I hope we can now say that his objection has been fully voiced and that from this point onwards consecration services should proceed without his objection being given space.
After the Westminster Abbey consecration, WATCH wrote to the Archbishop of Canterbury asking that such interruptions to the service cease to be enabled. We were assured that such practices were not enabled, but that there could be no guarantee that they would not occur without warning. We understand that. It is worth noting that this is not like an objection at a marriage service: here, there can be no legal objection to the consecration: the Royal mandate is read aloud under which the consecration MUST take place.
Last month in Canterbury it became clear that such objections were, it seemed, not only being enabled but were becoming a part of the liturgy: the Dean signalled this in his words of welcome. To challenge and subvert this, the Chair of WATCH, in an unplanned and unexpected act, walked out when the objector began to give voice, speaking over him with the words ‘I resist this expression of discrimination’. The words used echoed the words of the sermon, where we as a church had been urged to stand up against discrimination, especially in these uncertain times. The words also indicated no personal antipathy towards the objector.
I hope we do not need to rehearse the reasons why enabling such objections undermines the women being consecrated, and indeed all women, and therefore the Church as a whole. But in case we do, here is what we wrote to the Archbishop:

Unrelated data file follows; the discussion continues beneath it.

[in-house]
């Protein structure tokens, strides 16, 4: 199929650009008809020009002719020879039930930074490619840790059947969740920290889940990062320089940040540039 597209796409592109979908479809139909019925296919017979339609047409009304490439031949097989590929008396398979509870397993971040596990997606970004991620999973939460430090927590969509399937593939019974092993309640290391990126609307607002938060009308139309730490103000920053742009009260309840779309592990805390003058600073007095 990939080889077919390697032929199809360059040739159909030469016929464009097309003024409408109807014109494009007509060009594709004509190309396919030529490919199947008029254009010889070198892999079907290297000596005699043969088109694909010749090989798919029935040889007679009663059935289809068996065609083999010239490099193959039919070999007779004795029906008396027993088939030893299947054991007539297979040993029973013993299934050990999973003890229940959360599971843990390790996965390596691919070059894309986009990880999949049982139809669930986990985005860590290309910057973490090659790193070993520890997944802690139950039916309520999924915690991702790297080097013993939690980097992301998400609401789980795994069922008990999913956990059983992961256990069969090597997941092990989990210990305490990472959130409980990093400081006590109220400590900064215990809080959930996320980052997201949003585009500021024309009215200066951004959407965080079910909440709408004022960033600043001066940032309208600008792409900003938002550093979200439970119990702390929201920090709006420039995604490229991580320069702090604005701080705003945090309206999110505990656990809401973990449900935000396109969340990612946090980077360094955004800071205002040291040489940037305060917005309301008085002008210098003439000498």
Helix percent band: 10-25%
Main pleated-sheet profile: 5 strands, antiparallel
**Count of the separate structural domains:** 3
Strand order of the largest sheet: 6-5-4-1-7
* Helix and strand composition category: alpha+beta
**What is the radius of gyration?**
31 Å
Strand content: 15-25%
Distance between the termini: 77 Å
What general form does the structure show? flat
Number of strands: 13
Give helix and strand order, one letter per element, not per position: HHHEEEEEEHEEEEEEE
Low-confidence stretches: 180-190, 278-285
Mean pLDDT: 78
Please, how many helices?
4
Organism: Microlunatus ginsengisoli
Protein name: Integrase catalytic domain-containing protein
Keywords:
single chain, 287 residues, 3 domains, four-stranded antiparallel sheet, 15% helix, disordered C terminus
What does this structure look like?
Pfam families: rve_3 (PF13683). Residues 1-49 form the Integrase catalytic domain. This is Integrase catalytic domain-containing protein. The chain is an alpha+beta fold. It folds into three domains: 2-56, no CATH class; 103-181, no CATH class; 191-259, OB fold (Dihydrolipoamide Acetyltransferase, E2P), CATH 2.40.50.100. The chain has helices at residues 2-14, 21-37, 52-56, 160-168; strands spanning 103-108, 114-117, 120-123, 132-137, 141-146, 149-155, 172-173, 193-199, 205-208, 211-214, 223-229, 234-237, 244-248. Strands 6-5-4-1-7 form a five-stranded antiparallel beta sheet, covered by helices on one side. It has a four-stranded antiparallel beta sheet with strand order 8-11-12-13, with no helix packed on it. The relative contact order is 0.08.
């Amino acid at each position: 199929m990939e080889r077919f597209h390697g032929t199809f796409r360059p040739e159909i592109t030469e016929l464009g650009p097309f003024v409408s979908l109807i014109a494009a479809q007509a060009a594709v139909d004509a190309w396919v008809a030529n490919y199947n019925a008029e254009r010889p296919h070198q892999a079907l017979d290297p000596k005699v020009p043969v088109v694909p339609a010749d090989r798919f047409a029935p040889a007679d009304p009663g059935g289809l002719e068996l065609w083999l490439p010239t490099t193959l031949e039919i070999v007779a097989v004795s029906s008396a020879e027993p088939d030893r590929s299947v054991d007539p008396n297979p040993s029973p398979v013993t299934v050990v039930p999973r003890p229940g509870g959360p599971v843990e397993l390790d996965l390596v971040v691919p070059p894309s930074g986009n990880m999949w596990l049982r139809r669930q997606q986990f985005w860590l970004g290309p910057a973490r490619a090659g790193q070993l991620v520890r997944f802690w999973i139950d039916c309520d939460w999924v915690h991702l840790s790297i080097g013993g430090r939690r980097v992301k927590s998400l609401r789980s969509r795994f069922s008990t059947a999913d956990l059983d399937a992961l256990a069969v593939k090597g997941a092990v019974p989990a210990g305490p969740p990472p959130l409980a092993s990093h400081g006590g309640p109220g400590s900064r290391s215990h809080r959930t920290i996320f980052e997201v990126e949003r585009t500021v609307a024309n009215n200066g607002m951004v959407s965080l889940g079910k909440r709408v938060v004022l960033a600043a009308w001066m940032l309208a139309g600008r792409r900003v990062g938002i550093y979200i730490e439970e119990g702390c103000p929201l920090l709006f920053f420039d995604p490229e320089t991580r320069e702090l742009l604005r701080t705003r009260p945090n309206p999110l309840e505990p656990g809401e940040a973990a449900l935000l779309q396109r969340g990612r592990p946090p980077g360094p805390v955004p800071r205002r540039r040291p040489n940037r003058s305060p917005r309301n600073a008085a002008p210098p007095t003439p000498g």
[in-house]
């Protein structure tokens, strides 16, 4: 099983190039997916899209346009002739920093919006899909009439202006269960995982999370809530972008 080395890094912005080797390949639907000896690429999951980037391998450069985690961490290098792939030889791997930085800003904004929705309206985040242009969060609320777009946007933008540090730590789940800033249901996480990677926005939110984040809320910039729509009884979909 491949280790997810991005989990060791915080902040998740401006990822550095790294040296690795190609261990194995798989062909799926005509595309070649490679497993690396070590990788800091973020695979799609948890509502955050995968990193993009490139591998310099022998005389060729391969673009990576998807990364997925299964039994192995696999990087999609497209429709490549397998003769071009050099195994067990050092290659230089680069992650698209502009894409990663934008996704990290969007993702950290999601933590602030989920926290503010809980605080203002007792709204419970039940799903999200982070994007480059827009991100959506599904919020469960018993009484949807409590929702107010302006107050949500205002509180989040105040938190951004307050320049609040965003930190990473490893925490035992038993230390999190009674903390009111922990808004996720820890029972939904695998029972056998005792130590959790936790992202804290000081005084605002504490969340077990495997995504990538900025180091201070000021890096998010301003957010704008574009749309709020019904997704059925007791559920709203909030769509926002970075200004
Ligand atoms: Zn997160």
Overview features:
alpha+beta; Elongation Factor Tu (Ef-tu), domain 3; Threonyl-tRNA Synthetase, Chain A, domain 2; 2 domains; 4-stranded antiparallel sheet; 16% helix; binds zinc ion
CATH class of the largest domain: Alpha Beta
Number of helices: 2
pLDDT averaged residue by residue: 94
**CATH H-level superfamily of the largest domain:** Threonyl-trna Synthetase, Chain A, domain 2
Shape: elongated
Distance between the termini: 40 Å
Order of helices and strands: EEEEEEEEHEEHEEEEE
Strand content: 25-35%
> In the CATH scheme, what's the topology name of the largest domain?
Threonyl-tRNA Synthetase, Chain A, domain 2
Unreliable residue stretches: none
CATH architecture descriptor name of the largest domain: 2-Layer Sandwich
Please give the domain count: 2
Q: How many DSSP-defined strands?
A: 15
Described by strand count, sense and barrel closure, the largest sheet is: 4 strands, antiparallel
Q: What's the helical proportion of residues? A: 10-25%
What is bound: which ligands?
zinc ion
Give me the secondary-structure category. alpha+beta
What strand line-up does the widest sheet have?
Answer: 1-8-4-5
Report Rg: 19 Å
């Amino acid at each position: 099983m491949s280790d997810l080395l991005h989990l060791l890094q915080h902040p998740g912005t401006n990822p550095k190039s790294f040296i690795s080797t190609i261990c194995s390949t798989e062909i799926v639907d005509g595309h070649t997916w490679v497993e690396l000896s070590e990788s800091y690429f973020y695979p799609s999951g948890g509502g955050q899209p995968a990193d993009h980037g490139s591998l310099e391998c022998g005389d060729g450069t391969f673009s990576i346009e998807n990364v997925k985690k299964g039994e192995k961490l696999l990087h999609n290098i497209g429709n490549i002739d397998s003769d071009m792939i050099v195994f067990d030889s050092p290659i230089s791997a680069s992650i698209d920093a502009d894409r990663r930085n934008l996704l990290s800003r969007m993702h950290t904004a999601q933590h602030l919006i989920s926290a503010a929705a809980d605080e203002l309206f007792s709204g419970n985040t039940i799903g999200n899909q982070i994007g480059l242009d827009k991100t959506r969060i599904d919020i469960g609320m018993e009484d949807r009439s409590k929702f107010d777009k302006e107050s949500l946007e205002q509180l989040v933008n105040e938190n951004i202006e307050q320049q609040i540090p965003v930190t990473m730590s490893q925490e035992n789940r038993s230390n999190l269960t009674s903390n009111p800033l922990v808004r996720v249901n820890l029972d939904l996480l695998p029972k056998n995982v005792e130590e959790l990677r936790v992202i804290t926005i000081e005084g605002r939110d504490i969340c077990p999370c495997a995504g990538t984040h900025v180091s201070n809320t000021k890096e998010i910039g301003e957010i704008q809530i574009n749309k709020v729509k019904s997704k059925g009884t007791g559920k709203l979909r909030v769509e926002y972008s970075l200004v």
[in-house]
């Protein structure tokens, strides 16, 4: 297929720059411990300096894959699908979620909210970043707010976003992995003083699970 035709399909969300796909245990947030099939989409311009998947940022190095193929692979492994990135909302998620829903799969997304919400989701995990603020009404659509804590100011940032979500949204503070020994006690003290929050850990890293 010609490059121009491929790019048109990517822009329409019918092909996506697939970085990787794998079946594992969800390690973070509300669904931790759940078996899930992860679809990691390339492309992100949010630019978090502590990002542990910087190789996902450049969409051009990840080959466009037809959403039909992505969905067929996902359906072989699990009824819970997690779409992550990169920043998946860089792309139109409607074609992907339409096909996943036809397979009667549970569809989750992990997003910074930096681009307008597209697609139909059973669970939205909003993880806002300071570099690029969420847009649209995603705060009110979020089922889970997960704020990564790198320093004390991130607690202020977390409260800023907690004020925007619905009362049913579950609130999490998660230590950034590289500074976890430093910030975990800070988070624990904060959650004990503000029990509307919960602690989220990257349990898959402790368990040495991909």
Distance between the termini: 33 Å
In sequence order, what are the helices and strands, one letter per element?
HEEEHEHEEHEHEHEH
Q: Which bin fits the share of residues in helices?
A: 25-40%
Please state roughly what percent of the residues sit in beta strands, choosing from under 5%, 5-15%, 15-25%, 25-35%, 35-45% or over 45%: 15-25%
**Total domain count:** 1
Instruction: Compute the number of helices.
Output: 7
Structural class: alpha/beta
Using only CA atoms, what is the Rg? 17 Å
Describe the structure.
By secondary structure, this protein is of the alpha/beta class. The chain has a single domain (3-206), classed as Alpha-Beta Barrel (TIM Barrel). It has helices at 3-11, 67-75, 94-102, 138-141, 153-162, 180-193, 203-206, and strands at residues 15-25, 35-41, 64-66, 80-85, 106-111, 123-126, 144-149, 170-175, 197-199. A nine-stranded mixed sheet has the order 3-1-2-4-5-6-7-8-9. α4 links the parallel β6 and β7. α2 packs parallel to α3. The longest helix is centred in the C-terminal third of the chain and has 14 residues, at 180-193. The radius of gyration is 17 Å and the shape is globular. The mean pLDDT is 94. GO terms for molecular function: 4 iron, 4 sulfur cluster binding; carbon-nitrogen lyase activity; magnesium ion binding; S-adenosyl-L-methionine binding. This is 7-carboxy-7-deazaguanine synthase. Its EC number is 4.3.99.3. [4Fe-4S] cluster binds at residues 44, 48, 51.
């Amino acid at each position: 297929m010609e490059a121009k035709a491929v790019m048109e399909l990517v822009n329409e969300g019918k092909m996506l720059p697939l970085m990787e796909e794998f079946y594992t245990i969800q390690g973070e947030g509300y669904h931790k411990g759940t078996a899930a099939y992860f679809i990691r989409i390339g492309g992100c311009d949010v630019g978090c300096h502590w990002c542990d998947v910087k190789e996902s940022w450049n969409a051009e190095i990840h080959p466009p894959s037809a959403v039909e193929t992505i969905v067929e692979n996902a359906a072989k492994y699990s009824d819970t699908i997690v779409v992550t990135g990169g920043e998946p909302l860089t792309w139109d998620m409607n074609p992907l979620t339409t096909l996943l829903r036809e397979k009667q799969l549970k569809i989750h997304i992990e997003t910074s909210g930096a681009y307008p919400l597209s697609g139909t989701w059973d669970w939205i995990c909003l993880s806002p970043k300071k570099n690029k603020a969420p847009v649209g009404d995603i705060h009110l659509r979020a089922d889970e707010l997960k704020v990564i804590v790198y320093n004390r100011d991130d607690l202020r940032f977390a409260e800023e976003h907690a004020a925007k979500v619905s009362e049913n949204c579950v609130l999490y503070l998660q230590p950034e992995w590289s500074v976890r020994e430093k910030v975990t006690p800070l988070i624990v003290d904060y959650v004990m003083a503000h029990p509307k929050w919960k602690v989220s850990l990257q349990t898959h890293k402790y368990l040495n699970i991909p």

‘…such interruptions create the perception that the Church is willing to allow a woman who has been called by God and the Church, and appointed by the Crown, to be publicly insulted and undermined. If that is so, it undermines and insults all women: and especially women for whom female bishops are potent symbols of a radical shift in the Church’s treatment of women. ‘Maybe things haven’t changed at all, underneath’, they might conclude.’
At the next consecration of female bishops, we hope that things will be arranged differently. Deans carry the responsibility for what happens within the buildings concerned, so if you wish to add your voice to this hope, please do write to them … You may wish to copy your letter to the Archbishops and to WATCH email@example.com. [Back]
For a more detailed analysis see our later post, Acclamation, assent and disruption
The difficulty here is whether this can truly be classified as disruption, or interruption, when the congregation is asked a specific question as part of the authorised liturgy:
“The congregation stands and the ordinand turns and faces them.
Brothers and sisters, you have heard how great is the charge that N is ready to undertake, and you have heard her declarations. Is it now your will that she should be ordained?”
Perhaps the liturgy should be modified to avoid asking this rhetorical question?
This lawyer would agree.
Theologians and historians pointing to a tradition of congregation acclamation for bishops-elect dating back centuries (and, effectively all the way back to the scriptural precedent in Acts) might get rather upset however!
It seems to me that the form of words used in the service are seeking the consent of the people – a sort of quasi-election. Thus the response required is ‘yes’ or ‘no’, a vote, like any other verbal vote such as in Parliament (where, if they verbal vote is not clear, a division takes place). what is not being asked for is a series of speeches – a debate – still less one speech in dissent of the consensus. Thus it would seem to me that this person is abusing the liturgy to make political points which could easily be made elsewhere.
Pingback: Law and religion round-up – 24th July | Law & Religion UK
Pingback: Objectors to female bishops – update | Law & Religion UK
Pingback: Court hears objector to female bishops | Law & Religion UK